Why High Taxes?

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Did You Know?
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The assessed value of your property bears little or no relationship to the fair market value of your property.


Property is generally assessed at lower than fair market value. The question is, are you being assessed equally and fairly in relation to other similarly situated constituents in your taxing jurisdiction? Are in fact being taxed fairly in relation to others in your jurisdiction?

The property tax system in the United States stands reason on its ear. Instead of a system that would start with individual valuations, total all such valuations and arrive at a net value that would provide the revenue available for expenditures, the property tax system works in reverse.

In fact, the taxing authority determines its budget for its fiscal year first. It totals up the monies “needed” to fund its services as well as principal and interest payments owed for bonded indebtedness. Many bond funds include portfolios of municipal bonds. These bonds generate interest for the fund. The interest comes from funds generated by the indebted municipalities. In other words, your tax dollars go towards funding the interest payments.

Once the desired budget is formulated and approved, and after deducting non-tax revenue streams (grants and the like) an amount of money is derived which is the amount of property tax revenue needed to fund the budget.

The property tax assessor then takes the ball and runs with it. His job is to identify and assess each piece of property in his district and arrive at a value.

Mathematical Alchemy

Alchemy.gifThe tax rate is computed by dividing the budget by the total value of property in the district

The formula looks like this:

Tax Rate = Dollars needed (also known as the budget) ÷ Dollars from which to draw (total assessment value)

The number result is your tax rate, which can be expressed in several ways:

  • Dollars Per Hundred [ eight dollars per hundred…or .08]
  • Mill Rate [80 mills equals $80 per thousand of value]

Tax dollars due are just computed by multiplying your individual assessment times the tax rate. This equals your tax due.

This property tax, or ad valorem tax is a clumsy, inefficient and regressive tax system that is inherently unfair. The tax assessed bears no relationship to your income stream, your purchasing choices or your ability to pay. Governments are free to bloat their budgets and, include pork,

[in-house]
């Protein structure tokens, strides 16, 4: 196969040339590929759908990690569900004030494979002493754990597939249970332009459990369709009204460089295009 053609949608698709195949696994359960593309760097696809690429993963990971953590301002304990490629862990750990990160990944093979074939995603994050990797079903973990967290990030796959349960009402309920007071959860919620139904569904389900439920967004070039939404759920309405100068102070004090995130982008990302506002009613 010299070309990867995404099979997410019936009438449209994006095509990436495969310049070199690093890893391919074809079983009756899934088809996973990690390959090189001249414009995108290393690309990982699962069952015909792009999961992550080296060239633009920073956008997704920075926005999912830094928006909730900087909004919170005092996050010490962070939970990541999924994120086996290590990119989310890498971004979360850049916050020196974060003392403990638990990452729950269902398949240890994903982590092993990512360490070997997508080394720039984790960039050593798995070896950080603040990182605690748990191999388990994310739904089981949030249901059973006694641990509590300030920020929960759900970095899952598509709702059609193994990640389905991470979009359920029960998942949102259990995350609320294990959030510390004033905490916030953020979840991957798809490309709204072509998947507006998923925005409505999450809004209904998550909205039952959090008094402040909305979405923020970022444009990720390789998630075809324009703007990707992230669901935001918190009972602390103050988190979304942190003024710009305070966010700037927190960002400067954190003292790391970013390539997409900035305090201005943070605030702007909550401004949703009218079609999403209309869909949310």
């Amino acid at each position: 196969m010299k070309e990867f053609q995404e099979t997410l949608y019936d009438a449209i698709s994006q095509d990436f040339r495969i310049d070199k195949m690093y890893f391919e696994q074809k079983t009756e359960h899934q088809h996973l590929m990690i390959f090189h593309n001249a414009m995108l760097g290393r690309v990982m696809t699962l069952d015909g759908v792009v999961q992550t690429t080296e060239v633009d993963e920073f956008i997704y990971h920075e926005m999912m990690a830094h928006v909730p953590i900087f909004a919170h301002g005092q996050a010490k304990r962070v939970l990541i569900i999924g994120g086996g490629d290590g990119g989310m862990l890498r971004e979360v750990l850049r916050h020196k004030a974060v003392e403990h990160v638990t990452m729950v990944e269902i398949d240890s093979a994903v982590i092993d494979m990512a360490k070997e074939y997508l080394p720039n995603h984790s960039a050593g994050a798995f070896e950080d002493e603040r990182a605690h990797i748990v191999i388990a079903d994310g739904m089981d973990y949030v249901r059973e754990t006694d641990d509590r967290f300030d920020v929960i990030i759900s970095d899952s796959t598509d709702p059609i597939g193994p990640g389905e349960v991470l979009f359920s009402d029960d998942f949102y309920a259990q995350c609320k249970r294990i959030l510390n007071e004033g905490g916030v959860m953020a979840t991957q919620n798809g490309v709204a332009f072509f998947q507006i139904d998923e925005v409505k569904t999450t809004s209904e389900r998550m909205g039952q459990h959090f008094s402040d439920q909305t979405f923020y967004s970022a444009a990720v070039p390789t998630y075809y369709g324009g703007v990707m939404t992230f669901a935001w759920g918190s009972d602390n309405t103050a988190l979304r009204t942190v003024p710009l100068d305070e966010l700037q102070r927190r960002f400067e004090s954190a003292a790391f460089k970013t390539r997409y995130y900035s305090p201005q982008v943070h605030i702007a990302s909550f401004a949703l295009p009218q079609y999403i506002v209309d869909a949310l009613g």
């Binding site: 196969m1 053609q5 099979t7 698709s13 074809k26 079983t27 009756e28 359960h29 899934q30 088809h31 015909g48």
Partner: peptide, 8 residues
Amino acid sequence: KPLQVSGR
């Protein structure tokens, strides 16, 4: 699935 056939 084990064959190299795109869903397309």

perks and pet projects unchecked. Therefore, it is excessive and distorted government spending that causes the need for increased revenues and hence higher taxes. Examples of such porcine spending include slipshod payroll accounting that allowed deceased citizens to continue receiving government payouts, high priced parties that include ice sculptures, monies to permit officials to purchase $1,000 figurines, martini bars, extravagant meals and vacations and time shares. Often times monies sought go to “pet projects" dominated by partisan politics.

The authority for property tax is conferred through state statute. Revenues generated should fund county or municipal services such as police, fire, transit, facilities and some schools.

The assessed value of your property bears little or no relationship to the fair market value of your property.


The last twenty five years have seen tax assessments that exceed population and inflation growth by 55% or 2% per year. Property taxes have risen on average, $630 per household nation wide. Some states have been hit harder than others. For example in Massachusetts, property taxes went up 35% over the past three years.

Most taxpayers never consider appealing their property tax assessment. It is true that most of the factors that contribute to computing your tax bill are fixed and not subject to appeal, e.g., the budget is fixed at the government level, the tax role is set by the assessor and the tax rate is determined at the government level. But, you can appeal your individual property assessment. As stated above the question is, have you been assessed fairly in relation to the other citizens in your jurisdiction?

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